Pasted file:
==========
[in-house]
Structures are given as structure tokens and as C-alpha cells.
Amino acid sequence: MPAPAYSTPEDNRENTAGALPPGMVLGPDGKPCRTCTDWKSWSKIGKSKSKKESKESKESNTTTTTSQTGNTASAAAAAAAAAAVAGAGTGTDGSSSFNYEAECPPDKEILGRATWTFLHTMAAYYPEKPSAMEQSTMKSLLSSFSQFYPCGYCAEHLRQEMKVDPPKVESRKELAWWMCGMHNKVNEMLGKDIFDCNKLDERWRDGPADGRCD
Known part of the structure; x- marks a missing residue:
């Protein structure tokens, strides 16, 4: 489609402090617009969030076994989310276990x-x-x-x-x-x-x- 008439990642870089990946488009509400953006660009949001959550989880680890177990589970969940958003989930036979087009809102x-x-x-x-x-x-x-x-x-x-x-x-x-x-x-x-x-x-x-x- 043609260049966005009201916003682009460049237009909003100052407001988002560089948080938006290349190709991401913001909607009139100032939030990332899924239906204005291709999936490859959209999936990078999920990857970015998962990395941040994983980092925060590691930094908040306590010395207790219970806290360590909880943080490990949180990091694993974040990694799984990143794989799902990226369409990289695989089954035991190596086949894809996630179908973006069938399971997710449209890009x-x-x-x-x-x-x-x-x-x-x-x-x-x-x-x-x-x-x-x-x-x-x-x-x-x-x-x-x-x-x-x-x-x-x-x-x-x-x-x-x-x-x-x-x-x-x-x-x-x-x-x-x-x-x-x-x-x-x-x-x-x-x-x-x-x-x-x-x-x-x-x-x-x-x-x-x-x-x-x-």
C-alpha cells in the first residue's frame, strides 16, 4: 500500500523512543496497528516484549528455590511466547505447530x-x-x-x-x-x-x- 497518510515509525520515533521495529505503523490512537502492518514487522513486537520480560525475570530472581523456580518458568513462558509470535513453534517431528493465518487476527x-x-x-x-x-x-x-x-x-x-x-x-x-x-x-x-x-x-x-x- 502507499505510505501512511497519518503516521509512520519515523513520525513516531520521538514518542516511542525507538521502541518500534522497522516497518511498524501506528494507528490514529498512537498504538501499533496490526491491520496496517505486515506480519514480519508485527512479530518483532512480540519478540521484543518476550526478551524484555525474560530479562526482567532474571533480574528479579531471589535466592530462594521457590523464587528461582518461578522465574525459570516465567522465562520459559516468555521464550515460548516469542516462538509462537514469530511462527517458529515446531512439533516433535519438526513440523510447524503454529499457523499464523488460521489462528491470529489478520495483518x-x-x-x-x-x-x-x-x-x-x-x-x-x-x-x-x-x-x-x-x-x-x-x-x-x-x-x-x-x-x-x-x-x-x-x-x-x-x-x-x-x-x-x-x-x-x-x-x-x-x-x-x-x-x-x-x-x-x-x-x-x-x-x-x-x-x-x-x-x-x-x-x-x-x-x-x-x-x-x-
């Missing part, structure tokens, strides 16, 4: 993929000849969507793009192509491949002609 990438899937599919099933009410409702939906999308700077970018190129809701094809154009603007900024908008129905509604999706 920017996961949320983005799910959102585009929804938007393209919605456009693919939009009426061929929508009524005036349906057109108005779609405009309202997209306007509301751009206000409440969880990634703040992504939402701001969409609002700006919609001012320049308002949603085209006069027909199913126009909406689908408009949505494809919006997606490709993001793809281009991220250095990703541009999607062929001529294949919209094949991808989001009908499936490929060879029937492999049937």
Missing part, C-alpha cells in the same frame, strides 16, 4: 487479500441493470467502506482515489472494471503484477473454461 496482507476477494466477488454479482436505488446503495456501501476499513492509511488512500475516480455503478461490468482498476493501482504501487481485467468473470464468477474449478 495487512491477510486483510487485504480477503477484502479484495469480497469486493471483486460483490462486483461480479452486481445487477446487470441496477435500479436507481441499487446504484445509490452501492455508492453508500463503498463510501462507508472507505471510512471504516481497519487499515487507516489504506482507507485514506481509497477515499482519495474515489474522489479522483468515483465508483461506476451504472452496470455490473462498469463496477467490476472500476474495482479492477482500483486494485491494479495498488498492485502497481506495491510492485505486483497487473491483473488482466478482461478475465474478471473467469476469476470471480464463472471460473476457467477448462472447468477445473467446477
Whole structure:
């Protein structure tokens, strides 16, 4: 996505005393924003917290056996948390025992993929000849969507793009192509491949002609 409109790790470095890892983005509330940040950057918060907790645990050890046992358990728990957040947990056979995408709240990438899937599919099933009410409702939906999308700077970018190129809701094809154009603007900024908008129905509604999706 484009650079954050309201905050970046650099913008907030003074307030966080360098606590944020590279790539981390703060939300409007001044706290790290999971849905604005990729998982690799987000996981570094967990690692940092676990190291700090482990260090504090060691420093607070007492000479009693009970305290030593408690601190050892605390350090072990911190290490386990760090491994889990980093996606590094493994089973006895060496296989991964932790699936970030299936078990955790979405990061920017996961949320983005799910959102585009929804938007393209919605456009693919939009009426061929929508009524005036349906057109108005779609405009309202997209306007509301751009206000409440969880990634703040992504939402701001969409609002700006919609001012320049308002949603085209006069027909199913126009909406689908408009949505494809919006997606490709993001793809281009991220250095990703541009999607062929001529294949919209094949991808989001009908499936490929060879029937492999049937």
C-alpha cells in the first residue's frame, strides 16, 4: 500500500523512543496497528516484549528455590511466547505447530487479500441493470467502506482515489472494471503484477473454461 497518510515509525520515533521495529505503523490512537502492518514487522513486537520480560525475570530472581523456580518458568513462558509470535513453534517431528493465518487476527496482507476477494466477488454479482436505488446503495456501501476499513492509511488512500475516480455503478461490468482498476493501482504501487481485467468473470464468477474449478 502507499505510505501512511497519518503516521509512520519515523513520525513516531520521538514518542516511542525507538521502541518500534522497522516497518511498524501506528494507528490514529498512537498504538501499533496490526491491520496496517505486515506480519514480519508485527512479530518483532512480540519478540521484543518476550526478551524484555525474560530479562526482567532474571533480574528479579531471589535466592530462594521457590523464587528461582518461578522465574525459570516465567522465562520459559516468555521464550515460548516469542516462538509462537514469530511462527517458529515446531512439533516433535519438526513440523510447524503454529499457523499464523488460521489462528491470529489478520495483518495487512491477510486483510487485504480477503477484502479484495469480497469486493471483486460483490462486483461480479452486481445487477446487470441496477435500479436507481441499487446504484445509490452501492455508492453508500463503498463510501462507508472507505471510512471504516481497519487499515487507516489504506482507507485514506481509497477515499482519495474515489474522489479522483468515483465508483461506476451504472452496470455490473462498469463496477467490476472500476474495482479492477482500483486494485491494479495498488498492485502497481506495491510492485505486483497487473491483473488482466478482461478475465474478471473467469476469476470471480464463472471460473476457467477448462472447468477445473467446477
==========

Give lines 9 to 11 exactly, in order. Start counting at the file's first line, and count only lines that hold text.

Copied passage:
Whole structure:
């Protein structure tokens, strides 16, 4: 996505005393924003917290056996948390025992993929000849969507793009192509491949002609 409109790790470095890892983005509330940040950057918060907790645990050890046992358990728990957040947990056979995408709240990438899937599919099933009410409702939906999308700077970018190129809701094809154009603007900024908008129905509604999706 484009650079954050309201905050970046650099913008907030003074307030966080360098606590944020590279790539981390703060939300409007001044706290790290999971849905604005990729998982690799987000996981570094967990690692940092676990190291700090482990260090504090060691420093607070007492000479009693009970305290030593408690601190050892605390350090072990911190290490386990760090491994889990980093996606590094493994089973006895060496296989991964932790699936970030299936078990955790979405990061920017996961949320983005799910959102585009929804938007393209919605456009693919939009009426061929929508009524005036349906057109108005779609405009309202997209306007509301751009206000409440969880990634703040992504939402701001969409609002700006919609001012320049308002949603085209006069027909199913126009909406689908408009949505494809919006997606490709993001793809281009991220250095990703541009999607062929001529294949919209094949991808989001009908499936490929060879029937492999049937």
C-alpha cells in the first residue's frame, strides 16, 4: 500500500523512543496497528516484549528455590511466547505447530487479500441493470467502506482515489472494471503484477473454461 497518510515509525520515533521495529505503523490512537502492518514487522513486537520480560525475570530472581523456580518458568513462558509470535513453534517431528493465518487476527496482507476477494466477488454479482436505488446503495456501501476499513492509511488512500475516480455503478461490468482498476493501482504501487481485467468473470464468477474449478 502507499505510505501512511497519518503516521509512520519515523513520525513516531520521538514518542516511542525507538521502541518500534522497522516497518511498524501506528494507528490514529498512537498504538501499533496490526491491520496496517505486515506480519514480519508485527512479530518483532512480540519478540521484543518476550526478551524484555525474560530479562526482567532474571533480574528479579531471589535466592530462594521457590523464587528461582518461578522465574525459570516465567522465562520459559516468555521464550515460548516469542516462538509462537514469530511462527517458529515446531512439533516433535519438526513440523510447524503454529499457523499464523488460521489462528491470529489478520495483518495487512491477510486483510487485504480477503477484502479484495469480497469486493471483486460483490462486483461480479452486481445487477446487470441496477435500479436507481441499487446504484445509490452501492455508492453508500463503498463510501462507508472507505471510512471504516481497519487499515487507516489504506482507507485514506481509497477515499482519495474515489474522489479522483468515483465508483461506476451504472452496470455490473462498469463496477467490476472500476474495482479492477482500483486494485491494479495498488498492485502497481506495491510492485505486483497487473491483473488482466478482461478475465474478471473467469476469476470471480464463472471460473476457467477448462472447468477445473467446477